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The South and the Union—its battles.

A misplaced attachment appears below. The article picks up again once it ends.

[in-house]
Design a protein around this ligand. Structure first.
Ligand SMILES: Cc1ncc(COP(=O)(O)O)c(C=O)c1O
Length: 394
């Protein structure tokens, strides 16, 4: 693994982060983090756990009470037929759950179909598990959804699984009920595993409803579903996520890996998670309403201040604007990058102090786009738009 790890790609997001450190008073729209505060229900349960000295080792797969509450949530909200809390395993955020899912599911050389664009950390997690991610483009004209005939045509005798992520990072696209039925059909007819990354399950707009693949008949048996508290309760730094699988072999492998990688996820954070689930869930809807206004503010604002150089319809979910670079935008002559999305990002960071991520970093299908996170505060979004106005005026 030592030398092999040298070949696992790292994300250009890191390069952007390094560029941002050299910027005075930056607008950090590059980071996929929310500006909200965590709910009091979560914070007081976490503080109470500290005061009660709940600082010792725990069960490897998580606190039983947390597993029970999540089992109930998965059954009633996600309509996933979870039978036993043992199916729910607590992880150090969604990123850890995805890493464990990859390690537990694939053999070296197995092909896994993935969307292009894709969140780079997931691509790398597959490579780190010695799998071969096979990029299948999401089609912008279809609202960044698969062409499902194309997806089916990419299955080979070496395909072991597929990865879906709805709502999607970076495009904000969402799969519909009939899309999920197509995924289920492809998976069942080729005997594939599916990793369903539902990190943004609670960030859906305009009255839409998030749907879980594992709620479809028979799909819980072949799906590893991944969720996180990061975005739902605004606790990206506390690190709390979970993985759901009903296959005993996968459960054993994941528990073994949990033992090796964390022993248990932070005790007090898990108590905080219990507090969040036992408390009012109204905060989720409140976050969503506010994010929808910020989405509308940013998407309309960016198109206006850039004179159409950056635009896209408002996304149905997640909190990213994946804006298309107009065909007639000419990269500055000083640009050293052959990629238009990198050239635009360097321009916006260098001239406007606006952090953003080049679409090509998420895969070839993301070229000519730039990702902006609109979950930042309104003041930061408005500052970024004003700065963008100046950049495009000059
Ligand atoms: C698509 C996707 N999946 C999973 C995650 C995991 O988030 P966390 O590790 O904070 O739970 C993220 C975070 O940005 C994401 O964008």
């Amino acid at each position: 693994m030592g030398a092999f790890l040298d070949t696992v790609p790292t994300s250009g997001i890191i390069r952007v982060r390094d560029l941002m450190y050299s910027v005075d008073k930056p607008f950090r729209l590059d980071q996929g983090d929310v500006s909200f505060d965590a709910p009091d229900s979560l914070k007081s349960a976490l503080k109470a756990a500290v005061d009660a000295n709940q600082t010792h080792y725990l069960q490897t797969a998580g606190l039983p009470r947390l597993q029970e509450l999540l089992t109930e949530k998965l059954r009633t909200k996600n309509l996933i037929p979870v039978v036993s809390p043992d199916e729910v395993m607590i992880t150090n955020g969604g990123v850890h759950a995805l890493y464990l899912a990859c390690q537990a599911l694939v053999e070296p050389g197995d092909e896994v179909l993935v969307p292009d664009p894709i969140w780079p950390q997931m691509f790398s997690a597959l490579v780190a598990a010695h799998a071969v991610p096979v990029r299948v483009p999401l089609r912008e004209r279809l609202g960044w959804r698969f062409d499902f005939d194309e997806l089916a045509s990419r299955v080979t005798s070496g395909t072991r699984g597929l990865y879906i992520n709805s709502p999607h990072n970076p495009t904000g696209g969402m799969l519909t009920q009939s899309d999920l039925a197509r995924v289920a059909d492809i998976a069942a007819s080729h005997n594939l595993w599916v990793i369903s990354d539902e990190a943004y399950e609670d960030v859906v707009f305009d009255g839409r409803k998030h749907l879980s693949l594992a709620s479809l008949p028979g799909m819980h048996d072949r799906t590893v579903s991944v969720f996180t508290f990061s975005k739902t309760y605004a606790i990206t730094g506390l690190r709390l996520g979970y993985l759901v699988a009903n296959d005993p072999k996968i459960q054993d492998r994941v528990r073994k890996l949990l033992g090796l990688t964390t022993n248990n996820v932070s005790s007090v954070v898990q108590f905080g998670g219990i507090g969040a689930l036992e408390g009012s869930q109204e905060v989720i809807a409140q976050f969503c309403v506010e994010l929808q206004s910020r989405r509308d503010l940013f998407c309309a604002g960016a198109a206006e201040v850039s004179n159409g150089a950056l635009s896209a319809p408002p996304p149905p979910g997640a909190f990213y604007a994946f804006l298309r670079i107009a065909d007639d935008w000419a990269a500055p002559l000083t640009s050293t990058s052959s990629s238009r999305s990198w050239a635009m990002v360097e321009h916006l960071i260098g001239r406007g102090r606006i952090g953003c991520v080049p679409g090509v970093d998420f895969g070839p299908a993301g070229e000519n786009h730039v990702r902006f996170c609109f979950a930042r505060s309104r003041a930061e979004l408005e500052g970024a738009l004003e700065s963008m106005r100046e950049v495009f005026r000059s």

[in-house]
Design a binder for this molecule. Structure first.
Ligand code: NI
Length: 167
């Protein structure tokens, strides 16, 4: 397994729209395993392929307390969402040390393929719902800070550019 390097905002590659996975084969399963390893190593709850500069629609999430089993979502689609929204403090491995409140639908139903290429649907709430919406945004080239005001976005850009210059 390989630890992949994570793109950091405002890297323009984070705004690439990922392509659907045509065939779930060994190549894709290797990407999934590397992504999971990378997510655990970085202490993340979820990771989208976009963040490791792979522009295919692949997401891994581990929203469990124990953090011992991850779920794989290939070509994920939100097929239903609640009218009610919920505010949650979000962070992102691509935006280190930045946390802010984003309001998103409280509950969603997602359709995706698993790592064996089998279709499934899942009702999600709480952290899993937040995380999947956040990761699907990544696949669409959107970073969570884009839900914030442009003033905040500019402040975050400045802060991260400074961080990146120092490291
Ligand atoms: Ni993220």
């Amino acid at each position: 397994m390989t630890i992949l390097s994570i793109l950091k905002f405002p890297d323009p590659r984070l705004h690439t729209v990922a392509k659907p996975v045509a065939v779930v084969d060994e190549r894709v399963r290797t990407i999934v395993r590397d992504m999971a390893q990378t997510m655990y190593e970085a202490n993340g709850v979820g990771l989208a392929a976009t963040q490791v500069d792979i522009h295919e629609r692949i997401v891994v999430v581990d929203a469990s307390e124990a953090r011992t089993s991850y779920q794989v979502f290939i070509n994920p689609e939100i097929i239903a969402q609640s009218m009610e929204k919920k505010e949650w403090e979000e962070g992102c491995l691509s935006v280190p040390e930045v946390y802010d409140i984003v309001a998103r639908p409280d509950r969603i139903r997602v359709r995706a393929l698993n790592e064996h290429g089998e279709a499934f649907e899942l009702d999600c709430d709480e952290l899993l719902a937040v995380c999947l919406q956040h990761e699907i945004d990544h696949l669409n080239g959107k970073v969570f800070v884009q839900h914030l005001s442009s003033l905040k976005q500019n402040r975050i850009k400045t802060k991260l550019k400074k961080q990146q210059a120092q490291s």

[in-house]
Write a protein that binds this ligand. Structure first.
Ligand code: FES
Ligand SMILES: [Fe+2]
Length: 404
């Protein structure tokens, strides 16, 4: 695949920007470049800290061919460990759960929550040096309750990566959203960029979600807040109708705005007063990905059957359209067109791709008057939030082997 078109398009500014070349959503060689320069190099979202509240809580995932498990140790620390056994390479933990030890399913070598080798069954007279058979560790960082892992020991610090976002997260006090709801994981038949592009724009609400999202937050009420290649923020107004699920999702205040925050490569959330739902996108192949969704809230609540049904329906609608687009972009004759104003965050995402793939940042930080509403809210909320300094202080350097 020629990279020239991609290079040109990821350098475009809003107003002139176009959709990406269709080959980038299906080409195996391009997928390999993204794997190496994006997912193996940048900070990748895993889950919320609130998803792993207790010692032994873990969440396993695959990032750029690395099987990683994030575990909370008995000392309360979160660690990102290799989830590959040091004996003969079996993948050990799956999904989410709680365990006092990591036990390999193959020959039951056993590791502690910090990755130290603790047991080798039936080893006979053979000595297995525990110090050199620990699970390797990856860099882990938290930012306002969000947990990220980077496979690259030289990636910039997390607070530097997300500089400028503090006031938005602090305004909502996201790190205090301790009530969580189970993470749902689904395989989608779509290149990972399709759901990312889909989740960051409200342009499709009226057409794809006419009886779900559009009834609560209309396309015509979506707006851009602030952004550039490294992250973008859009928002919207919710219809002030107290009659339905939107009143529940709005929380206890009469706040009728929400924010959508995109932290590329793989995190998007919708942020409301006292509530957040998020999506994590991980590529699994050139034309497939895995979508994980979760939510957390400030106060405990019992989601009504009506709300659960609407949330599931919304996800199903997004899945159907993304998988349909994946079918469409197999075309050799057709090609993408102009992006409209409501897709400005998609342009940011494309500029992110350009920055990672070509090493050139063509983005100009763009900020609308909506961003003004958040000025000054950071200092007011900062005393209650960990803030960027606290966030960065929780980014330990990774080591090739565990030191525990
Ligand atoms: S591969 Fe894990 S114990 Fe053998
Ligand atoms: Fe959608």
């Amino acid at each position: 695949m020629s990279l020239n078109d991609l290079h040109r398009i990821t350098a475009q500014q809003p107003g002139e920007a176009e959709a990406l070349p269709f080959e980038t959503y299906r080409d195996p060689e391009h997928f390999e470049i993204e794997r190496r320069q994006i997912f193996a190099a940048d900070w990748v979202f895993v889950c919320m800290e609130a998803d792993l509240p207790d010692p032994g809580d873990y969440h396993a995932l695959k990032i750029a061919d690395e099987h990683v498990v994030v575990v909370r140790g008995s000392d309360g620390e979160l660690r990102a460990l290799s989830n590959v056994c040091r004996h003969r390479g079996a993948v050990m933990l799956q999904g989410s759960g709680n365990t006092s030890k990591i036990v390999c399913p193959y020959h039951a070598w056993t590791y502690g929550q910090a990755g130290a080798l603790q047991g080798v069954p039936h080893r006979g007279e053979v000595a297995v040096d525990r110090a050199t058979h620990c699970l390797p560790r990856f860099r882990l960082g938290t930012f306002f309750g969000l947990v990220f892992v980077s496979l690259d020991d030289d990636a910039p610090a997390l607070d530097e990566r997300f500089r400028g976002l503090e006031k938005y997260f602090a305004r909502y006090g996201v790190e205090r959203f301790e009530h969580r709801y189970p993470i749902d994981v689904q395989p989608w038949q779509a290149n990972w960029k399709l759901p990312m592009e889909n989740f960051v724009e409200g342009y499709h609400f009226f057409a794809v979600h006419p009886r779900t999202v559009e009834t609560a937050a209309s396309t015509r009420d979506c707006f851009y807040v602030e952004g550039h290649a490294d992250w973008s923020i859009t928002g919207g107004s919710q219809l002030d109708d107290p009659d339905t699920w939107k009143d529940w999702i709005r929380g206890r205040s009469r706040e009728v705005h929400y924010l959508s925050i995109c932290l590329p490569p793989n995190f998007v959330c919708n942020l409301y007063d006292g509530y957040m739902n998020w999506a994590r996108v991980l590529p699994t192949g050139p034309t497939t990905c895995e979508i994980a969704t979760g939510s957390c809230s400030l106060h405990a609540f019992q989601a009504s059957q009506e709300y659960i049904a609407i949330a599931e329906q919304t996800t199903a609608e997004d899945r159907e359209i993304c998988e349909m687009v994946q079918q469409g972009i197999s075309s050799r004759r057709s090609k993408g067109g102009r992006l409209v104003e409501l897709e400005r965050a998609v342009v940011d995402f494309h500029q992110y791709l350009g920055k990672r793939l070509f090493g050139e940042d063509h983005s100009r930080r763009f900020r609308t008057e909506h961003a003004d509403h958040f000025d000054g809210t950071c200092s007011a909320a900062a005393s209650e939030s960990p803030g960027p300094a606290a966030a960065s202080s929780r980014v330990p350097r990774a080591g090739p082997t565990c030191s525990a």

Pause, now, upon the threshold, and geography and history will alike tell you that neither in its people nor in its leader was there lack of love for the Union, and that it was with sad hearts that they saw its ligaments torn asunder. Look at the Southern map. There may be read the name of Alamance, where in 1771 the first drop of American blood was shed against arbitrary taxation, and at Mecklenburg, where was sounded the first note of Independence. Before the Declaration at Philadelphia there had risen in the Southern sky what Bancroft termed ‘the bright morning star of American Independence,’ where, on the 28th of June, 1776, the guns of Moultrie at the Palmetto fort in front of Charleston announced the first victory of American arms. At King's Mountain is the spot where the rough-and-ready men of the Carolinas and the swift riders of Virginia and Tennessee had turned the tide of victory in our favor, and there at Yorktown is the true birth spot of the free nation. Right here I stand to-night on the soil of that State which first of all America stood alone free and independent? Beyond the confines of the South her sons had rendered yeoman service; and would not the step of the British conqueror have been scarce less than omnipotent had not Morgan's riflemen from the Valley of Virginia and the peerless commander of Mt. Vernon appeared on the plains of Boston? You may follow the tracks of the Continentals at Long Island, Trenton, Princeton, Brandywine, Germantown, Valley Forge, Monmouth and Morristown by the blood and the graves of the Southern men who died on Northern soil, far away from their homes, answering the question with their lives: Did the South love the Union?

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